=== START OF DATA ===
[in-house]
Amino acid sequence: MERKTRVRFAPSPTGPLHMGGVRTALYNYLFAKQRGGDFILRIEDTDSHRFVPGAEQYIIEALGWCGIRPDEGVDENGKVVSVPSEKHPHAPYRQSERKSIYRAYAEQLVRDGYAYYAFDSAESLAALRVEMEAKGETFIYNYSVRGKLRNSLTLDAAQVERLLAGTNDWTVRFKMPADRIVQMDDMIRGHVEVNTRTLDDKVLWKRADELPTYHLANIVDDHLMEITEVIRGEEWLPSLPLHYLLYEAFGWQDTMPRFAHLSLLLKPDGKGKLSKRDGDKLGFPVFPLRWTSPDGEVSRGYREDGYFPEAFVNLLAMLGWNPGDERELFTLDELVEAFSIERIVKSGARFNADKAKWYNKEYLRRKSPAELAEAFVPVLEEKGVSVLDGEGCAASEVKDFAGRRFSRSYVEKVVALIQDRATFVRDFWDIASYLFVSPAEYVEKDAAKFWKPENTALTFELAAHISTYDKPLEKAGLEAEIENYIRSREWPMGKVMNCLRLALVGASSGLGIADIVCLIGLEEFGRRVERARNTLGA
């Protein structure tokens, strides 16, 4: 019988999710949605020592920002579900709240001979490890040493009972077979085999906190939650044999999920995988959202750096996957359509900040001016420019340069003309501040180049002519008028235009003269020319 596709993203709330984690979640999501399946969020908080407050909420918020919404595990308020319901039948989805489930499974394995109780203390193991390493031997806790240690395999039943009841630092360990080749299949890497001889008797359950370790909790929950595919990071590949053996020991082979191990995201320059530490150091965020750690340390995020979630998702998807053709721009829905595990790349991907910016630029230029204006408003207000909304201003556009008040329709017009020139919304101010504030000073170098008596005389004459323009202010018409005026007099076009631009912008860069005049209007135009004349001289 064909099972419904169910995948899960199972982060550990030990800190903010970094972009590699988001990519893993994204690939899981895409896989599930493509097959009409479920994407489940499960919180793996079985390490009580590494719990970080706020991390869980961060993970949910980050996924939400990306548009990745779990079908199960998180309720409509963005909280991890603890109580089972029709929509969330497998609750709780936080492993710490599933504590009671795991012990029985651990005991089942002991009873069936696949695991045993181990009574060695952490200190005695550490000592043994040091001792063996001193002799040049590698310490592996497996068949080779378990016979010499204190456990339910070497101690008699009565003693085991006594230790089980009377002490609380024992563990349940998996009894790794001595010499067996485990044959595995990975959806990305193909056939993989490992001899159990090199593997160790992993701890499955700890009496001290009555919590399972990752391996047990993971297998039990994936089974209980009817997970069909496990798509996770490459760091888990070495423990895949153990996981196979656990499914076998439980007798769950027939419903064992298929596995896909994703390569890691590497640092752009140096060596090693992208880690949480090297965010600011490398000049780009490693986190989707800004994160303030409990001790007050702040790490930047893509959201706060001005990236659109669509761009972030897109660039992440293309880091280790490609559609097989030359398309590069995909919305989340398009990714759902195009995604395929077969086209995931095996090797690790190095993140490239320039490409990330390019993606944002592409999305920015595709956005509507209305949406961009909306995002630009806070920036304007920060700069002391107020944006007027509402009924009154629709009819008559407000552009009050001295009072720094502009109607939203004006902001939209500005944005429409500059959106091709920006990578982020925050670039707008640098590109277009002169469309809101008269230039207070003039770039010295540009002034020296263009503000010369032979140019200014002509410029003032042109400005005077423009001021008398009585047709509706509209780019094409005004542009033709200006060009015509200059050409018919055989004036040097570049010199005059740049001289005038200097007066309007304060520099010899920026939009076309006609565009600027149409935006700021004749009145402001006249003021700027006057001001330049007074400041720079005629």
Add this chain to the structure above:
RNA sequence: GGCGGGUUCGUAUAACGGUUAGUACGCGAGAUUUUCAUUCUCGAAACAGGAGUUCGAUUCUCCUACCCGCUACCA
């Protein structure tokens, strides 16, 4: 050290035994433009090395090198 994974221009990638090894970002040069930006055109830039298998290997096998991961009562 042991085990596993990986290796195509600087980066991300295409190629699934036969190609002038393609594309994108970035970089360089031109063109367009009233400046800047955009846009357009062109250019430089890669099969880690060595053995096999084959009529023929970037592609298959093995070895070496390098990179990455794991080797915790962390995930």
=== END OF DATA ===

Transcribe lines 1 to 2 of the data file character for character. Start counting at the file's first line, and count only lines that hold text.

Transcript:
[in-house]
Amino acid sequence: MERKTRVRFAPSPTGPLHMGGVRTALYNYLFAKQRGGDFILRIEDTDSHRFVPGAEQYIIEALGWCGIRPDEGVDENGKVVSVPSEKHPHAPYRQSERKSIYRAYAEQLVRDGYAYYAFDSAESLAALRVEMEAKGETFIYNYSVRGKLRNSLTLDAAQVERLLAGTNDWTVRFKMPADRIVQMDDMIRGHVEVNTRTLDDKVLWKRADELPTYHLANIVDDHLMEITEVIRGEEWLPSLPLHYLLYEAFGWQDTMPRFAHLSLLLKPDGKGKLSKRDGDKLGFPVFPLRWTSPDGEVSRGYREDGYFPEAFVNLLAMLGWNPGDERELFTLDELVEAFSIERIVKSGARFNADKAKWYNKEYLRRKSPAELAEAFVPVLEEKGVSVLDGEGCAASEVKDFAGRRFSRSYVEKVVALIQDRATFVRDFWDIASYLFVSPAEYVEKDAAKFWKPENTALTFELAAHISTYDKPLEKAGLEAEIENYIRSREWPMGKVMNCLRLALVGASSGLGIADIVCLIGLEEFGRRVERARNTLGA